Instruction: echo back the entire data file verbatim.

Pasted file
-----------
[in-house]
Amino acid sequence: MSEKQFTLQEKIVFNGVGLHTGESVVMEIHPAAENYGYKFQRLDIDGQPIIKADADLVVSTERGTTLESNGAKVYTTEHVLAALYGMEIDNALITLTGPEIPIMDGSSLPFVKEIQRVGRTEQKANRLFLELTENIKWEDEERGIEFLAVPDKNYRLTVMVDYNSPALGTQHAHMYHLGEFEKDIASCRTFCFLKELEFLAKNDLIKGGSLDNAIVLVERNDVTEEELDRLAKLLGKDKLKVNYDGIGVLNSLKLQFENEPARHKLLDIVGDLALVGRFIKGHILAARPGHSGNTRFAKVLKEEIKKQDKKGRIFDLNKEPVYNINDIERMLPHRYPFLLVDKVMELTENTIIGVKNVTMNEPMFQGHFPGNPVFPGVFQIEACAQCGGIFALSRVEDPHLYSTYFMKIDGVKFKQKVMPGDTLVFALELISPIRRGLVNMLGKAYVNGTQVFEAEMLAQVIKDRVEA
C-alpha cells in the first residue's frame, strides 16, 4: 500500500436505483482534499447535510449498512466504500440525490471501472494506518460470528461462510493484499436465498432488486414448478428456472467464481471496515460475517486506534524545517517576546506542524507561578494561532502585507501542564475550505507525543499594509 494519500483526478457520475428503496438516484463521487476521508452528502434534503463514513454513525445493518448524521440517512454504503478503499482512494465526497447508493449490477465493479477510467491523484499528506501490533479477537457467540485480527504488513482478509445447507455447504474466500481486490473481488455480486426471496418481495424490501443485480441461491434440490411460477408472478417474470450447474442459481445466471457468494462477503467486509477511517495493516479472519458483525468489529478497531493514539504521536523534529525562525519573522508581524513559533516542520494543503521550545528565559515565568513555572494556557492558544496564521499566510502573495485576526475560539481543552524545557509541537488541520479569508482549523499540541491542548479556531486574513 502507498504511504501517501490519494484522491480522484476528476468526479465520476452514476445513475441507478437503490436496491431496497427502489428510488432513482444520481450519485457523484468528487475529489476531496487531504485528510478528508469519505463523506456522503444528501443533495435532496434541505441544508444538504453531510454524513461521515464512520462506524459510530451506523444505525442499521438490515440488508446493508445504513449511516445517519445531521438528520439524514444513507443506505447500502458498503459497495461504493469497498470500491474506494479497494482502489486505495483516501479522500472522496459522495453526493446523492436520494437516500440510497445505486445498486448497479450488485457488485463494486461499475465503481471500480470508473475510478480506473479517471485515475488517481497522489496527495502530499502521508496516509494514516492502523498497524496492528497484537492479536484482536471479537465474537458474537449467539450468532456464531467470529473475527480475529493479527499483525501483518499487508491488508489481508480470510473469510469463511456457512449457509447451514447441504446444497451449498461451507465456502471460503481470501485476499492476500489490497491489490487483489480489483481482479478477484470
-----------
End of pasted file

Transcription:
[in-house]
Amino acid sequence: MSEKQFTLQEKIVFNGVGLHTGESVVMEIHPAAENYGYKFQRLDIDGQPIIKADADLVVSTERGTTLESNGAKVYTTEHVLAALYGMEIDNALITLTGPEIPIMDGSSLPFVKEIQRVGRTEQKANRLFLELTENIKWEDEERGIEFLAVPDKNYRLTVMVDYNSPALGTQHAHMYHLGEFEKDIASCRTFCFLKELEFLAKNDLIKGGSLDNAIVLVERNDVTEEELDRLAKLLGKDKLKVNYDGIGVLNSLKLQFENEPARHKLLDIVGDLALVGRFIKGHILAARPGHSGNTRFAKVLKEEIKKQDKKGRIFDLNKEPVYNINDIERMLPHRYPFLLVDKVMELTENTIIGVKNVTMNEPMFQGHFPGNPVFPGVFQIEACAQCGGIFALSRVEDPHLYSTYFMKIDGVKFKQKVMPGDTLVFALELISPIRRGLVNMLGKAYVNGTQVFEAEMLAQVIKDRVEA
C-alpha cells in the first residue's frame, strides 16, 4: 500500500436505483482534499447535510449498512466504500440525490471501472494506518460470528461462510493484499436465498432488486414448478428456472467464481471496515460475517486506534524545517517576546506542524507561578494561532502585507501542564475550505507525543499594509 494519500483526478457520475428503496438516484463521487476521508452528502434534503463514513454513525445493518448524521440517512454504503478503499482512494465526497447508493449490477465493479477510467491523484499528506501490533479477537457467540485480527504488513482478509445447507455447504474466500481486490473481488455480486426471496418481495424490501443485480441461491434440490411460477408472478417474470450447474442459481445466471457468494462477503467486509477511517495493516479472519458483525468489529478497531493514539504521536523534529525562525519573522508581524513559533516542520494543503521550545528565559515565568513555572494556557492558544496564521499566510502573495485576526475560539481543552524545557509541537488541520479569508482549523499540541491542548479556531486574513 502507498504511504501517501490519494484522491480522484476528476468526479465520476452514476445513475441507478437503490436496491431496497427502489428510488432513482444520481450519485457523484468528487475529489476531496487531504485528510478528508469519505463523506456522503444528501443533495435532496434541505441544508444538504453531510454524513461521515464512520462506524459510530451506523444505525442499521438490515440488508446493508445504513449511516445517519445531521438528520439524514444513507443506505447500502458498503459497495461504493469497498470500491474506494479497494482502489486505495483516501479522500472522496459522495453526493446523492436520494437516500440510497445505486445498486448497479450488485457488485463494486461499475465503481471500480470508473475510478480506473479517471485515475488517481497522489496527495502530499502521508496516509494514516492502523498497524496492528497484537492479536484482536471479537465474537458474537449467539450468532456464531467470529473475527480475529493479527499483525501483518499487508491488508489481508480470510473469510469463511456457512449457509447451514447441504446444497451449498461451507465456502471460503481470501485476499492476500489490497491489490487483489480489483481482479478477484470